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Firefighters died in effort to escape

Authorities believe Ted Hall and Arnie Quinones were searching for a way out for personnel trapped at Camp 16 when overrun by fire. Their vehicle plunged down a mountain, killing the two men.

September 01, 2009|Scott Gold and Ari B. Bloomekatz

THE ANGELES NATIONAL FOREST AND LOS ANGELES — Everything that has made the Angeles National Forest wildfire so fierce and intractable -- extreme heat, treacherous terrain, bone-dry conditions left by years of drought -- seems to have converged on the lonely hilltop where Ted Hall and Arnie Quinones died.

Hidden in the forest, high above the Antelope Valley to the north and Los Angeles to the south, the hilltop is a hostile place now. By Monday, the flames had reduced the bluffs in every direction to a blackened moonscape, interrupted only by boulders, plumes of smoke and downed power lines draped like bunting from the gnarled limbs of charred trees. Dust devils, tiny tornadoes of ash and soot, raced up the hills, and small rodents overcome by smoke lay dead on the ground.

Until Sunday, this was home to tiny, remote prison Camp 16, where Los Angeles County Fire Capt. Tedmund "Ted" Hall, 47, and Firefighter Specialist Arnaldo "Arnie" Quinones, 34, had worked for eight years and four years, respectively, supervising inmates trained in wilderness protection.

Hall, who was married and the father of two grown sons, and Quinones, married and expecting his first child in the next few weeks, were killed Sunday when their truck went over the side of a dirt road and fell 800 feet into a canyon.

Selfless act

Although the investigation was just beginning Monday, state corrections officials said it appeared Hall and Quinones may have died while searching for an escape route for three corrections workers, other fire personnel and 55 inmates who rode out the fire inside the camp's dining hall as flames roared up the adjacent hills.

Hall and Quinones were repositioning their truck on the small path, a stone's throw from the camp, "apparently taking action to protect the camp facilities and personnel," county Fire Chief P. Michael Freeman said in a statement. No one knows why the truck went off the road, he said; it appears, said Capt. Michael Brown, that Hall and Quinones may have been "overrun by fire."

Investigators said they were not yet sure how all the survivors got down the mountain after the fire passed.

But California Department of Corrections and Rehabilitation Secretary Matthew Cate said in a statement that Hall and Quinones "are to be credited with helping to save the lives" of the others. "If it wasn't for their selfless actions, the loss of life could have been greater," Cate said.

Word of the deaths raced through firefighting circles Monday; between them, Hall and Quinones had been firefighters for 34 years and had worked in more than a dozen stations throughout L.A. County.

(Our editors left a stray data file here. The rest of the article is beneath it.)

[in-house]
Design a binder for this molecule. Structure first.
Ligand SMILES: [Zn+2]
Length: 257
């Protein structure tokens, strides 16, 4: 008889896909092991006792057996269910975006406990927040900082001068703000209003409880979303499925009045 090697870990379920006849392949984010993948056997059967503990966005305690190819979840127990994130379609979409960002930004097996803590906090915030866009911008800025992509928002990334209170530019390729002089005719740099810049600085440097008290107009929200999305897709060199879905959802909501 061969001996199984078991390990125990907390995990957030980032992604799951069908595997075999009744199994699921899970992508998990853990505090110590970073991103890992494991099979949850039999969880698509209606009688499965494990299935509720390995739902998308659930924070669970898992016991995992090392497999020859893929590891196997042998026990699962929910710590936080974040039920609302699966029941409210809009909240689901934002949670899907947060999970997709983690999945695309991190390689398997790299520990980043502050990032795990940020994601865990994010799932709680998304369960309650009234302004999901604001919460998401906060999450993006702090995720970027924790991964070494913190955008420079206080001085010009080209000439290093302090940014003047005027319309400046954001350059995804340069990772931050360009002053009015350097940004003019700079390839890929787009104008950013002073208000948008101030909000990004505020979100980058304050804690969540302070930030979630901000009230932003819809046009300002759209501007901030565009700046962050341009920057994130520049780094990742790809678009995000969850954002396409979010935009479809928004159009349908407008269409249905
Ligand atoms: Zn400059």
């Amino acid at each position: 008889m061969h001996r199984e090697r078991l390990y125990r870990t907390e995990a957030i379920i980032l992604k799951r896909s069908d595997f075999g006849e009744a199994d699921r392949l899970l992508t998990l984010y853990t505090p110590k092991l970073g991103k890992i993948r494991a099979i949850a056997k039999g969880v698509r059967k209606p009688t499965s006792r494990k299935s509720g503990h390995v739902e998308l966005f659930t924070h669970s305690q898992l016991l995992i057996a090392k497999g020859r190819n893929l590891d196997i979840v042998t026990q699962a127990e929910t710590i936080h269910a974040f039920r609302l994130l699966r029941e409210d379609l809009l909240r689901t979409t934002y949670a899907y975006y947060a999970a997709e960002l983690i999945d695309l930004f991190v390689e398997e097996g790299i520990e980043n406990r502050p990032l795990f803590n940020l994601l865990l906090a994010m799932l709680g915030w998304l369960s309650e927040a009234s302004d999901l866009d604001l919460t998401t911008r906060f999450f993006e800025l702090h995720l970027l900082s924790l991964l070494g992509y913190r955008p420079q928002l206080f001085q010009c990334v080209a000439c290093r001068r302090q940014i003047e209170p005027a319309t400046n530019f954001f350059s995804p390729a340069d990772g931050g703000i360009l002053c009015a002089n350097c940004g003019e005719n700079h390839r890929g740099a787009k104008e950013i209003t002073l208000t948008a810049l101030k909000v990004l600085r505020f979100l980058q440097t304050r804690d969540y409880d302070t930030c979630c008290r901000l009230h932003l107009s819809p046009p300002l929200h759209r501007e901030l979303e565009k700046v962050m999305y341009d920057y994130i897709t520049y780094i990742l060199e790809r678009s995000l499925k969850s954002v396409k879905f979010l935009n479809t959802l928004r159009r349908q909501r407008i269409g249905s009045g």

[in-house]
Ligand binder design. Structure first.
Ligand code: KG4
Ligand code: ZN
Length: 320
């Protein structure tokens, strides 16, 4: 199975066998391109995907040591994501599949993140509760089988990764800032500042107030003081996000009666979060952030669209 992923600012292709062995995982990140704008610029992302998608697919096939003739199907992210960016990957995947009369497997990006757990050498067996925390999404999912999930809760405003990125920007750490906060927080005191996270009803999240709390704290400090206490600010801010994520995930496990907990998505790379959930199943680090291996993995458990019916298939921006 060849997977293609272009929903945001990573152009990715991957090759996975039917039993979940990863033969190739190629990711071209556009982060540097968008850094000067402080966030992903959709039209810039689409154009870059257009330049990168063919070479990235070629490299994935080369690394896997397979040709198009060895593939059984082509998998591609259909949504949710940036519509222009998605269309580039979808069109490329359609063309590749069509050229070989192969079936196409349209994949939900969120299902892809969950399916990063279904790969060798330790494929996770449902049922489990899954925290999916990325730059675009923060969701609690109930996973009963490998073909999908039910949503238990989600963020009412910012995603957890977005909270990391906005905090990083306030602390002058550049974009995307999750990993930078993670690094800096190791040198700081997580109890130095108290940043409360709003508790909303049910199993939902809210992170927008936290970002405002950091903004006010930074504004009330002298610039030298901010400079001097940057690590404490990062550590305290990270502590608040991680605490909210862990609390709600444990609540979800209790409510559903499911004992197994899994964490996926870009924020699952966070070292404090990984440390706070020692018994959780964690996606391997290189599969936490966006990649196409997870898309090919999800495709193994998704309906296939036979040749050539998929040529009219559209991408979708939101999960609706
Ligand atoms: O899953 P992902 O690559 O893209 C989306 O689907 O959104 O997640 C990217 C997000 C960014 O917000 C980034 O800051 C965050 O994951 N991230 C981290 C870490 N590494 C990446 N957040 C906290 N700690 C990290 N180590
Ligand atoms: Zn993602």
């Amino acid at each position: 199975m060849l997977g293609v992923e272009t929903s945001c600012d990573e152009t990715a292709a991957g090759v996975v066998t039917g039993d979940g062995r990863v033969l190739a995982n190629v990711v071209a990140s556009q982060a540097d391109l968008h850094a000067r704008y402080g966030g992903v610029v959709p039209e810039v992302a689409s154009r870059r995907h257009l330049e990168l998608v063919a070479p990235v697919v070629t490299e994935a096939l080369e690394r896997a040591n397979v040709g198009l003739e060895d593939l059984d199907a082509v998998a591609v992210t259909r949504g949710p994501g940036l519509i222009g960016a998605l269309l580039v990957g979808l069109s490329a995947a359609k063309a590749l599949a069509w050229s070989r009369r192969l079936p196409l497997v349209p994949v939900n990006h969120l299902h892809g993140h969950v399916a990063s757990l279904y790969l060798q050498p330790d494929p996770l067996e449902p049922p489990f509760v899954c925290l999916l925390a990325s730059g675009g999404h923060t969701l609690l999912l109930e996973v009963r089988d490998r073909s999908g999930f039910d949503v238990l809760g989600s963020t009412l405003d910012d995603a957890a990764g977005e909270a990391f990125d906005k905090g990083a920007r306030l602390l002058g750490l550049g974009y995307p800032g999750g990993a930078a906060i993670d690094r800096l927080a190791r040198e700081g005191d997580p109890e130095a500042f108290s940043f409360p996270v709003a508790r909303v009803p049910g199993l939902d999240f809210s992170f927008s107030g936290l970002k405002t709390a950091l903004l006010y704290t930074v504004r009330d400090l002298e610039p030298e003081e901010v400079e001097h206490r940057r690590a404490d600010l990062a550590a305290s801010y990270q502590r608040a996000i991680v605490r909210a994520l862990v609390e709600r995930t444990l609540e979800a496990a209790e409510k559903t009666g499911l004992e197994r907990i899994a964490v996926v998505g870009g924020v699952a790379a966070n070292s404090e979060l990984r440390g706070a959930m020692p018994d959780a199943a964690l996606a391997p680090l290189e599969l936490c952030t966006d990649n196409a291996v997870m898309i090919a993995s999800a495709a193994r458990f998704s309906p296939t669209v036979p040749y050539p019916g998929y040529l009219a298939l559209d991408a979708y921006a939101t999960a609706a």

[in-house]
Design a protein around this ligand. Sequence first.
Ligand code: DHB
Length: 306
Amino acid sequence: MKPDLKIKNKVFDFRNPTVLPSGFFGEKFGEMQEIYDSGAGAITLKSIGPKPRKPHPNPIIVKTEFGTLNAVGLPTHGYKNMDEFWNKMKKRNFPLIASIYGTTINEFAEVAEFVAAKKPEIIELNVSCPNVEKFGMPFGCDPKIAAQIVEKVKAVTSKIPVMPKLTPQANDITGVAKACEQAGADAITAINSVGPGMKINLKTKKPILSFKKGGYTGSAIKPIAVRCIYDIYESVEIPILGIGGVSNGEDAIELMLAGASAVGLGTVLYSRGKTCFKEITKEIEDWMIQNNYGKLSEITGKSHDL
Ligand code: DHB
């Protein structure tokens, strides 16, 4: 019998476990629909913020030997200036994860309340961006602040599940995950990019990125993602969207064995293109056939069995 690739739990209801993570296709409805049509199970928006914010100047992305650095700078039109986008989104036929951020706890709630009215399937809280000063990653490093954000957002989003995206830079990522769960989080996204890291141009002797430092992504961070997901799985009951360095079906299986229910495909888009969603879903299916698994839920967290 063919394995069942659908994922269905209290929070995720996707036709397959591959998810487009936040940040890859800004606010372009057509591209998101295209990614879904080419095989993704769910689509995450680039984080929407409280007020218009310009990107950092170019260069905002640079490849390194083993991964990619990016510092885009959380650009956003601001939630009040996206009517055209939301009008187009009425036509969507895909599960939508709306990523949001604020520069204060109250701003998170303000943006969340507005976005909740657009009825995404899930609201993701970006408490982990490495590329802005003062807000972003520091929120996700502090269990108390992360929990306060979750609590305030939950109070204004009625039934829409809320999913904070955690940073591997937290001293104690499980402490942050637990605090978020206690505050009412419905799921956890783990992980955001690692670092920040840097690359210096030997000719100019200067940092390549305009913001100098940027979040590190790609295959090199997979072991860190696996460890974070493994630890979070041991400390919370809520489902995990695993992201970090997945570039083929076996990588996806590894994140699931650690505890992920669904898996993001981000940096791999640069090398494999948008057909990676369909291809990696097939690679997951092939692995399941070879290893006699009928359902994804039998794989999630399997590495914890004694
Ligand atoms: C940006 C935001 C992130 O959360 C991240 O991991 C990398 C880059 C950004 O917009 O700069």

Tributes to the two men poured in, from Gov. Arnold Schwarzenegger, from U.S. Sen. Dianne Feinstein, from local elected officials. In Sacramento, the Assembly planned to adjourn in the firefighters' honor. And at a fire camp near La Canada Flintridge on Monday, a flag was lowered to half-staff and firefighters who were touched by the incident -- those who knew Hall and Quinones or took part in retrieving their bodies -- met privately with a chaplain and counselor.

Still, there was little time to mourn; the blaze, dubbed the Station fire, had ballooned overnight and was advancing in three directions.

"We all grieve together," Brown said. "But we all understand the dangerous nature of our job. There is still a job to complete."

Special place

Camp 16 was part of an unusual collaboration between the county and state corrections officials.

Roughly 100 state inmates were serving their sentences at the camp, one of six inmate camps in L.A. County. The men lived in a single-story dormitory now reduced to a concrete slab and cinder block walls, and many were trained in frontline wildland management, sent into wilderness areas that machines could not reach.

They hauled around sandbags to protect against winter floods, cleared hiking and running trails, "anything where additional hands are needed," Brown said. Some of their most important work came during fire season, when they helped clear brush and establish breaks to halt advancing flames -- under the watchful eye of Hall, who served as their superintendent, and Quinones, one of their foremen.

The camp positions are considered prestigious and are sought after within the department, said Battalion Chief Nick Duvally. Firefighters interviewed Monday said their work is invigorating but that flurries of intense activity are often followed by hours spent idling on fire lines. At the camps, Duvally said, "You are always on the edge."

On Monday, reflecting the chaos surrounding the incident, abandoned hoses were still strewn around, and even getting to Camp 16 was hazardous. Tree limbs, still smoldering, had fallen across the access road, and flames licked at its edges wherever there was unburned foliage.

At the camp, east of Mt. Gleason and west of Mill Creek Summit, solemn-faced investigators from the Fire Department and the California Highway Patrol huddled on the dirt path where Hall and Quinones last drove.

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